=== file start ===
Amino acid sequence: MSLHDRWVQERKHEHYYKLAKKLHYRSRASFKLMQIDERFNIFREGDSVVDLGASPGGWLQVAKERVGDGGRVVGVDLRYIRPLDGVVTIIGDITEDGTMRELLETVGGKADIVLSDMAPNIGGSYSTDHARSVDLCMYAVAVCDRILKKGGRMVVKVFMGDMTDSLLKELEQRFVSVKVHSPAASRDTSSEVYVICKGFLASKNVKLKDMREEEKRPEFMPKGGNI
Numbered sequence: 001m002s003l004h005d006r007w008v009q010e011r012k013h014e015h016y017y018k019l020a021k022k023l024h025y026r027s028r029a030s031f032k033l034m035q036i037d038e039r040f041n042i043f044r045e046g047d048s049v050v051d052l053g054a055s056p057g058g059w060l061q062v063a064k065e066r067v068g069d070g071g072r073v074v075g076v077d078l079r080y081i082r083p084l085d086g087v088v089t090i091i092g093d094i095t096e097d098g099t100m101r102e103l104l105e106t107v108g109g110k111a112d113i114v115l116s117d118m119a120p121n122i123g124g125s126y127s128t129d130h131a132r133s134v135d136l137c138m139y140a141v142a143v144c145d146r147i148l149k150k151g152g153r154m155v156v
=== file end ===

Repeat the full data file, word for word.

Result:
Amino acid sequence: MSLHDRWVQERKHEHYYKLAKKLHYRSRASFKLMQIDERFNIFREGDSVVDLGASPGGWLQVAKERVGDGGRVVGVDLRYIRPLDGVVTIIGDITEDGTMRELLETVGGKADIVLSDMAPNIGGSYSTDHARSVDLCMYAVAVCDRILKKGGRMVVKVFMGDMTDSLLKELEQRFVSVKVHSPAASRDTSSEVYVICKGFLASKNVKLKDMREEEKRPEFMPKGGNI
Numbered sequence: 001m002s003l004h005d006r007w008v009q010e011r012k013h014e015h016y017y018k019l020a021k022k023l024h025y026r027s028r029a030s031f032k033l034m035q036i037d038e039r040f041n042i043f044r045e046g047d048s049v050v051d052l053g054a055s056p057g058g059w060l061q062v063a064k065e066r067v068g069d070g071g072r073v074v075g076v077d078l079r080y081i082r083p084l085d086g087v088v089t090i091i092g093d094i095t096e097d098g099t100m101r102e103l104l105e106t107v108g109g110k111a112d113i114v115l116s117d118m119a120p121n122i123g124g125s126y127s128t129d130h131a132r133s134v135d136l137c138m139y140a141v142a143v144c145d146r147i148l149k150k151g152g153r154m155v156v